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Clay's Story Offers Hope to Families

March 10, 2008

By W. James Edminson

Clay’s story is far too common. A family erupts. Anger, hurt, misunderstandings like wedges drive relationships to disrepair. Hope hangs by only a thread threatening to snap under the prolonged anguish of discord.

Clay yells profanities. He slams his fist into the wall. The door slams as he retreats to the yard. His younger sister hides in her room afraid. Clay’s parents, Glata and Larry Grindstaff, stand in the living room. Tears run down Glata’s cheeks. Larry’s shoulders slump forward in exhaustion.

“I wasn’t thinking then,” seventeen-year-old Clay says. “Something would be said, and it was like a trigger – I would just react. Sometimes I just snapped.”

Larry had tried everything. “I couldn’t understand why Clay would not do what I told him to do,” Larry recalls. “No rules had a bearing on what he would do or not do. I expected my son to act like I acted toward my parents.”

Clay was suffering. He found it difficult to concentrate. Sitting still was impossible. He fell behind at school. He skipped class, gave up and dropped out three times.

“I was mad at the world,” he says. “I was living one day to the next.”

Glata and Larry watched as their son spiraled out of control. “We could see what was happening, but we didn’t know what we could do to stop it. Clay didn’t care if he had to live in hell; he didn’t want to live with us.”

“Looking back, I would say I was acting stupid,” Clay admits. “I couldn’t see what everyone else saw. I thought they were trying to take the fun out of life.”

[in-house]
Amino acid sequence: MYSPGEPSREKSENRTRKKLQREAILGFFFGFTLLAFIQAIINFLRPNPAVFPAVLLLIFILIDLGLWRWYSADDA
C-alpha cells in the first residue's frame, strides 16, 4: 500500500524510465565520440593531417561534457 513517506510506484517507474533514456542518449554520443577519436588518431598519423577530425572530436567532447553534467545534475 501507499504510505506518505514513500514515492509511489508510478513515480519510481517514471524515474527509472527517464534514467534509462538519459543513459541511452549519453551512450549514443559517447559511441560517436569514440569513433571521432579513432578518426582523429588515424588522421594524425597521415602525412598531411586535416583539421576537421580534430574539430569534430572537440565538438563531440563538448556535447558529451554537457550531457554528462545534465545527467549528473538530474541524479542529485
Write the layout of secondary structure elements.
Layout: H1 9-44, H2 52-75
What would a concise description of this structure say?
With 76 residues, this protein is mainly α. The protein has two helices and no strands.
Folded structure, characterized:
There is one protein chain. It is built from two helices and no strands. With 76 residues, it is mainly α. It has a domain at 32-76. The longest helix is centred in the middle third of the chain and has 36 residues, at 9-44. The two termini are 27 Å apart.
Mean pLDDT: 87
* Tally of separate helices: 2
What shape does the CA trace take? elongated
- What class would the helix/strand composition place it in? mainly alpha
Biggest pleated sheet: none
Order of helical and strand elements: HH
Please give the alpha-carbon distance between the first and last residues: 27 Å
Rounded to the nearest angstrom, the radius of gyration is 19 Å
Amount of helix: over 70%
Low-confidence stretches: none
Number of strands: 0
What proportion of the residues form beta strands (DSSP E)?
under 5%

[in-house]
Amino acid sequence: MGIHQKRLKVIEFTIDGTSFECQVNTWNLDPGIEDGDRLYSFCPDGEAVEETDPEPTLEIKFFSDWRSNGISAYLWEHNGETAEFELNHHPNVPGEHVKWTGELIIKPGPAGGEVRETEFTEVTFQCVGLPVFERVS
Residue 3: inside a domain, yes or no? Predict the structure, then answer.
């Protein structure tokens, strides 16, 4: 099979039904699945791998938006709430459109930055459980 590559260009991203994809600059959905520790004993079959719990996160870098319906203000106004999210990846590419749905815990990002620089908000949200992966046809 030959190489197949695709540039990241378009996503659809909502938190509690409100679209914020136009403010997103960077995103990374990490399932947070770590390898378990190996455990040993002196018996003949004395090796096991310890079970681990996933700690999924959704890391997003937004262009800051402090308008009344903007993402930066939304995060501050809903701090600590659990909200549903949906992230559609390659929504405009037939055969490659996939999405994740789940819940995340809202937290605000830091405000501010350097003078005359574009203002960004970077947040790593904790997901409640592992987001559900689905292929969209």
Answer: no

Clay needed help. Larry and Glata needed help. When Clay was arrested for the fourth time, a court counselor recommended the family call Baptist Children’s Homes. Clay was running out of options. His parents were running out of hope.

Glata and Larry had heard of Baptist Children’s Homes many times before. Larry, pastor of Tuskeegee Baptist Church in Robbinsville, encouraged his church members each year to support BCH. Now, he and his wife were depending on the Home’s support.

Removing Clay from his community and moving him to BCH’s Drake Cottage in Franklin was the first step.

“I had to get out of my situation,” Clay says. “As long as I was there, I just woke up each morning and did whatever.”

Separating Clay and Larry helped, too. Larry’s heart began to heal. Clay began to open up and talk about what was tearing him apart inside. He set realistic goals, and step-by-step he experienced success. School is still tough, but now he sees school as another thing that is helping him to reach for another goal and a future. Clay’s life is more focused. He is not as restless.

“BCH saved our son,” Larry says with tears running down his face.

“...saved our family,” Glata whispers softly.

Clay says that being at Drake Cottage has been a wake-up call. He sees his life beginning to make sense. “My life is better,” he declares. “It’s better since I have gotten closer to the Lord.”

“The biggest change began when his relationship with the Lord changed,” Glata agrees. Larry and Glata hope sharing their family’s story might help other families. “I would recommend BCH to anyone,” Larry says. “Families need to understand that there are options. There are faith-based programs. There is hope for ‘last chance kids’ like Clay.”

A family once broken sit together and look back only to remember how God has brought them from brokeness to a place of healing.

“Everyday when I wake up, I thank God for a second chance,” Clay says. “This has changed my life.”

“Not everyone gets a second chance,” Larry says.

“That’s true!” Glata affirms.

“We thank God He has given Clay this chance,” Larry adds.

“God is good.” Glata ends.

Although this story begins like hundreds of others, it is the story’s uncommon ending that is miraculous.